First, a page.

The 32-year-old emerging indie film actor was waiting in between takes on the set of the recently released film "Bottle Shock," a story about the early days of California winemaking. And it occurred to him that hanging out is part of his job description.
"You spend most of your time sitting around waiting," he said of being an actor. "Sometimes it's just sitting on a hill. Or talking to (actor) Bill Pullman about robots."
Klein, a self-proclaimed San Ramon Valley High School "drama geek," just rubbed elbows with some of the country's most brilliant independent film directors, actors, cinematographers and screen writers at Sundance Film Festival, where the film was screened in late January.
"Bottle Shock" focuses on a traveling British vintner and a struggling California winemaker during the infamous 1976 blind Paris tasting. The film is based on a true story and simultaneously embraces and pokes fun at wine snobs.
"It's a love letter to the wine industry, to wine and the culture around it," Klein explained.
The movie received mixed reviews at Sundance, but has been praised for its breathtaking cinematography and smart humor. Variety magazine even called it "a peppy and quite deliberate crowd-pleaser."
In the movie Klein plays what he calls a "cellar rat." His character hangs around the vineyard owner's son Bo and is more into partying than tasting tannins.
"He's a bad influence ... He's sort of like the bad devil on his shoulder," Klein said.
He's been cast in the role of several similar "off-center" characters, including many in the realm of the "the quirky best friend."
The film stars actors Bill Pullman and Alan Rickman and is written and directed by Randall Miller, whose most recent films include "Nobel Son" and "Marilyn Hotchkiss Ballroom Dancing & Charm School" with Danny DeVito and Marissa Tomei and featuring Klein in a smaller role.
"He's a real actor's writer," Klein said of the director, who began as an actor. "He's able to speak to actors in a way that relates to them."
When Klein was 14, his family moved from the East Coast to Danville because "Dad was a tech guy" and wanted to be near the Silicon Valley. At first, things were a little awkward, he said.
"I was the really strange new kid from New York," he remembered.
He didn't have any friends going into high school. He talked and acted differently.
"(Kids) would be like, 'Dude, say 'coffee,'" excited to hear his accent.
So he'd say the word with his New York dialect - "kwafee" - and the other 14-year-olds would get a kick out of it.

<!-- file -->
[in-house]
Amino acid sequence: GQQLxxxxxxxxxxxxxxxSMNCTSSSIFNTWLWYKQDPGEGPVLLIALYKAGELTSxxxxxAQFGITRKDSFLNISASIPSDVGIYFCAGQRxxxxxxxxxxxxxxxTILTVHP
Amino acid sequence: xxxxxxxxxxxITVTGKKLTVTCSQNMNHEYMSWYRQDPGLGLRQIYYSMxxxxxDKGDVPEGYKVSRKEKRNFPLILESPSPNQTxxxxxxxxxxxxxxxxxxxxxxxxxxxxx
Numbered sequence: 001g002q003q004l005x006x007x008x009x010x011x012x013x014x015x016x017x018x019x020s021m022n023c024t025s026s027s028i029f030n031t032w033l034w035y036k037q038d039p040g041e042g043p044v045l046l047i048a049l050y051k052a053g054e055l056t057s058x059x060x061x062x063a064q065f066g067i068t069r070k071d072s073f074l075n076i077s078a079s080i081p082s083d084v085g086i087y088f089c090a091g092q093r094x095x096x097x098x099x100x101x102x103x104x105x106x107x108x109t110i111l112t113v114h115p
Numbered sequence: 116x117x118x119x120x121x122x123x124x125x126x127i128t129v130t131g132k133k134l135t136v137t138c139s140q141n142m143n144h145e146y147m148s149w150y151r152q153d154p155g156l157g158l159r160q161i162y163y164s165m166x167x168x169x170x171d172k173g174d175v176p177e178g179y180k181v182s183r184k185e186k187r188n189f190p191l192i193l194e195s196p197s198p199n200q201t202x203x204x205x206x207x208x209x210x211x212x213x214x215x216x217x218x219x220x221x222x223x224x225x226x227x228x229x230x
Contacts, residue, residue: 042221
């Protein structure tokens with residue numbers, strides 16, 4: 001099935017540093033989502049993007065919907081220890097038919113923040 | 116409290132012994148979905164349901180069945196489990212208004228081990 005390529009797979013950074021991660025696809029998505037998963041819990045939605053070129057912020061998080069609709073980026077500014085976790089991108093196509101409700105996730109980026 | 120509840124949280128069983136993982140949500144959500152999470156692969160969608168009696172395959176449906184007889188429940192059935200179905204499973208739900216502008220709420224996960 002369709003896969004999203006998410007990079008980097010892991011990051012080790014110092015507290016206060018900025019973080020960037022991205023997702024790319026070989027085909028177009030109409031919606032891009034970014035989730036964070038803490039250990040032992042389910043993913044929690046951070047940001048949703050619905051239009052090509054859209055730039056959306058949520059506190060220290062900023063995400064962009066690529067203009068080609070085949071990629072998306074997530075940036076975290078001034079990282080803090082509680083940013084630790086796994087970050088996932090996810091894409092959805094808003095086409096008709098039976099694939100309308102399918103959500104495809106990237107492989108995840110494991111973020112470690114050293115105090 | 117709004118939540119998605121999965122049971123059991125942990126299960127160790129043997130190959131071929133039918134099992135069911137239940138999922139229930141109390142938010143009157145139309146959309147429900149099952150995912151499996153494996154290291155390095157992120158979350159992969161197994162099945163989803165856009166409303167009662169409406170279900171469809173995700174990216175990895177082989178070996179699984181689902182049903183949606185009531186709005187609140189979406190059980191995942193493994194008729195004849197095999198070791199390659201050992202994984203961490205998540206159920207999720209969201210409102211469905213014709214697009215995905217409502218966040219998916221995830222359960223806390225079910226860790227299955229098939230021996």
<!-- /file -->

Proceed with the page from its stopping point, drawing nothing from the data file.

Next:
Eventually he got into theater at the high school and found his niche.
"Doing drama at San Ramon - that's why I'm here now," he said.
From there, he studied theater arts at UC San Diego and was accepted for a summer intensive program at the American Conservatory Theater in San Francisco, which he began the day after college graduation.
Afterward, he moved to New York where he worked in regional and children's theater and a handful of off-Broadway productions. Then he was on to the prestigious London Academy of Music and Arts in 2001.
But soon he realized that film work kept taking him to Los Angeles. So he took some training to convert his theater method of acting (which needs to reach even the couple in the back row) to the more subtle film approach.
"It's a totally different medium. You're not performing, you're talking to the person next to you," he said.
Moving to L.A. was much more pleasant than Klein expected. Coming from Northern California, he'd heard all of the nasty stereotypes about the city.
"In general, we have a stereotype that it's all snobs and plastic faces and whatnot," he said. "It's the tourist misconception."
To avoid people who do fit into that category, it helps to find a group of true friends and stick with them, he said.
He now lives with his Italian greyhound Lucy and is working on a cooking show called "This Man's Kitchen," which has not yet aired. A new flick he acted in called "Killer Movie," about a reality television show that goes awry, is also in production.
On the set of "Bottle Shock," back in northern California, 12-14 hour days were standard. Much of the filming was done outside during sunrise and sunset hours, when cinematographers could catch some of the golden light that makes landscape scenes crisp.
For indie actors like Klein, those hours spent waiting around in between shooting are nothing like the Hollywood "glitz and glamour" he'd heard about while living in Danville. But that was fine by him.
Hanging on a hillside up north, Klein said, is just as good.